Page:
BINDER-ASSISTED EXTRUSION is a plastic forming process in which a highly viscous feedstock, that is, a powder mixed with a binder and other rheology modifiers (also termed the paste), is forced through a die to form a shaped product. The binder-assisted extrusion process is used commercially to produce ceramic parts, such as furnace tubes, bricks, insulators, pipes, tiles, tubular capacitors, catalyst supports, magnets, heat exchangers, wires, and springs (Ref 1, 2, 3, 4, 5, 6, 7, 8). However, binder-assisted extrusion has also been used to fabricate metals and high-temperature superconductors (Ref 9, 10), as well as being a technique for aligning reinforcement in the processing of advanced composites (Ref 11, 12, 13). Depending on the powders being shaped, the extrusion process can be performed at room temperature with the utilization of a solvent-based binder, or at elevated temperatures with a plastic binder system.

The basic principles of binder-assisted extrusion are similar to powder injection molding (PIM) in that both processes consist of four very similar steps: (1) feedstock or paste preparation; (2) product shape forming (powder extrusion in one case, powder injection in the other); (3) binder removal; and (4) the consolidation step, that is, sintering. During the feedstock/paste preparation stage, the powders are mixed with the constituents of the binder to obtain the proper flow characteristics. Feedstock preparation may consist of several steps (e.g., dry mixing, wet mixing, and high-shear mixing) to remove agglomerations, to produce a uniform mixture, and to coat the powder particles with the binder. During the forming step, the feedstock/paste is extruded through the appropriately shaped die. At this point in the process, the part must possess enough structural integrity to be manipulated while maintaining its shape. In the finishing step the part is cut to size, dried, and thermally processed. Table 1 summarizes the steps generally followed in making a part using the binder-assisted extrusion process. Knowledge and control of each step in the process are crucial to the production of a sound part.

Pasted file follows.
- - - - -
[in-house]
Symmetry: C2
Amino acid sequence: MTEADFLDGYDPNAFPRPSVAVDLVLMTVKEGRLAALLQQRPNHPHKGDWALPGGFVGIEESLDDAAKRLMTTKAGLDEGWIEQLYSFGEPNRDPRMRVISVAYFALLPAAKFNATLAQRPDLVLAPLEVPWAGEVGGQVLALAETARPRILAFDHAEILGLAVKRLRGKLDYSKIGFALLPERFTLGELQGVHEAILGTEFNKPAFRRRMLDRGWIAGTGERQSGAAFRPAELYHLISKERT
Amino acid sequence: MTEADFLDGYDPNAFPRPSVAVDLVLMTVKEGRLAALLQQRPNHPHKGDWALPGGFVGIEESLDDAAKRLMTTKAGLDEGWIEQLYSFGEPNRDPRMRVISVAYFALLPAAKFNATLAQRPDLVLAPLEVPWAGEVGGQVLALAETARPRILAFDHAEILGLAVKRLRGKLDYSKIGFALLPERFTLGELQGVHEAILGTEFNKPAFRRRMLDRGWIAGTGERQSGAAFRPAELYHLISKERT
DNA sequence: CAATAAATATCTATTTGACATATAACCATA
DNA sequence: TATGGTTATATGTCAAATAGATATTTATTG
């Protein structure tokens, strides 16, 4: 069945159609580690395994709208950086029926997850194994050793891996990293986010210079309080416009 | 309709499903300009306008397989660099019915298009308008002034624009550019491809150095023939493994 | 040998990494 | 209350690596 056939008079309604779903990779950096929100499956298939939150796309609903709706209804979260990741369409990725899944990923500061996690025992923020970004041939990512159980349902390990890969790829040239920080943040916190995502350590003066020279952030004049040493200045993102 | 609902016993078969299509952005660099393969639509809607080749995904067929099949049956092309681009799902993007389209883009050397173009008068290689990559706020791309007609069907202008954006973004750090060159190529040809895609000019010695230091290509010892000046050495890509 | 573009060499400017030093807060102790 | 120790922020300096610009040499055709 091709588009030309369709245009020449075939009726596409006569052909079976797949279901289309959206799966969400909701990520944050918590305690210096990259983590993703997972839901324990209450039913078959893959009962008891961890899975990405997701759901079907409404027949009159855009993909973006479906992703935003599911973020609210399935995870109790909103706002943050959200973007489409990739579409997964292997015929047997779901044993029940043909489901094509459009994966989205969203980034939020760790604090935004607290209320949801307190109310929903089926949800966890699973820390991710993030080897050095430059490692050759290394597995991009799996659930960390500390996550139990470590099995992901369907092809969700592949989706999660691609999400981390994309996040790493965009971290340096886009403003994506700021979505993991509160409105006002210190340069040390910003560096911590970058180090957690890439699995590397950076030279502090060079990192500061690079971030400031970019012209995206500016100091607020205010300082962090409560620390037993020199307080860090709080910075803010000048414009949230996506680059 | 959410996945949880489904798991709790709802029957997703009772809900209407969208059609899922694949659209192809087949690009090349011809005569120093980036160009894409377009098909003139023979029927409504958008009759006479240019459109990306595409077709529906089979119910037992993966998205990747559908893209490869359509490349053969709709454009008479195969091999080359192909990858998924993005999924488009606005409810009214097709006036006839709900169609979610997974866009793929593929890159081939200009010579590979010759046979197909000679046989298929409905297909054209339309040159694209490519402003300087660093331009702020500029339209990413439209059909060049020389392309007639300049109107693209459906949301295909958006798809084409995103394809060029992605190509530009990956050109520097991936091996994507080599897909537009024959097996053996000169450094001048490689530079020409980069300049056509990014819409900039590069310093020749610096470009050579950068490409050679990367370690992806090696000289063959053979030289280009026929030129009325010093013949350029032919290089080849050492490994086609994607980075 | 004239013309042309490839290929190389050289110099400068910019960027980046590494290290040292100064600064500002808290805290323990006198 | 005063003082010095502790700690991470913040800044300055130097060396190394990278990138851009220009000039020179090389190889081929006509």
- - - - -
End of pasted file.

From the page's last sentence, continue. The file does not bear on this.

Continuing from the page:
Table 1 Stages of binder-assisted extrusion

Processing stage


Potential difficulties

Dry mixing

Uniformly mix all solid components

Regions of poorly mixed solids

Wet mixing (for solvent-based binders systems)

Uniformly distribute particles in liquid

Air entrapment; liquid rheology may prevent mixing; adherence to surfaces

High-shear mixing

Break down agglomerates; ensure binder surrounds individual powder particle

Binder--powder separation; incomplete deagglomeration


Remove entrapped gas

Hard to achieve in some equipment


Shape feedstock

Binder--powder separation; excessive pressure drop; lamination flow defects between confluent streams; surface defects

Extrudate handling and cutting

Remove product from extruder and cut to desired length

Damage to weak product; surface damage; closure of internal holes during cutting

Binder removal

Remove binder; aid shape retention

Dry cracks from solvent-based binder system; incomplete binder burnout resulting in residual contaminates in product


Generate strength in product; remove porosity

Temporary weakness in extrudate

Adapted from Ref 6

Adapted from Ref 6

Binder-assisted extrusion differs from PIM in that the extrusion usually consists of a constant cross section. Although parts with complicated cross sections can be produced, a selection of which is shown in Fig. 1.

Fig. 1 Schematic of typical cross sections produced by binder-assisted extrusion. Source: Ref 2

Binder-assisted extrusion and its derivatives have many advantages and some important disadvantages when compared to other powder processing techniques, for example, powder compaction in dies, isostatic pressing, slip and tape casting, and so forth. According to Benbow and Bridgwater (Ref 6), the primary advantages of using the binder-assisted extrusion processes include:

• The formation of complicated cross sections

• The small amount of binder/liquid added to the solids

• The ability to shape very hard powders

• A uniform density distribution

• The construction of long, thin sections

• Competitive capital and operating costs relative to other processes

The disadvantages include:

• The final structure is dependent on the powder properties.

• The strength is not imparted during the extrusion process itself.

• Structural defects may be introduced.

• Structure or strength are not generally adjustable by changing the extrusion conditions.

• Binder and rheology modifiers can adversely affect product properties, and the rate at which the binder and rheology modifiers can be removed from the extrudate is slow.

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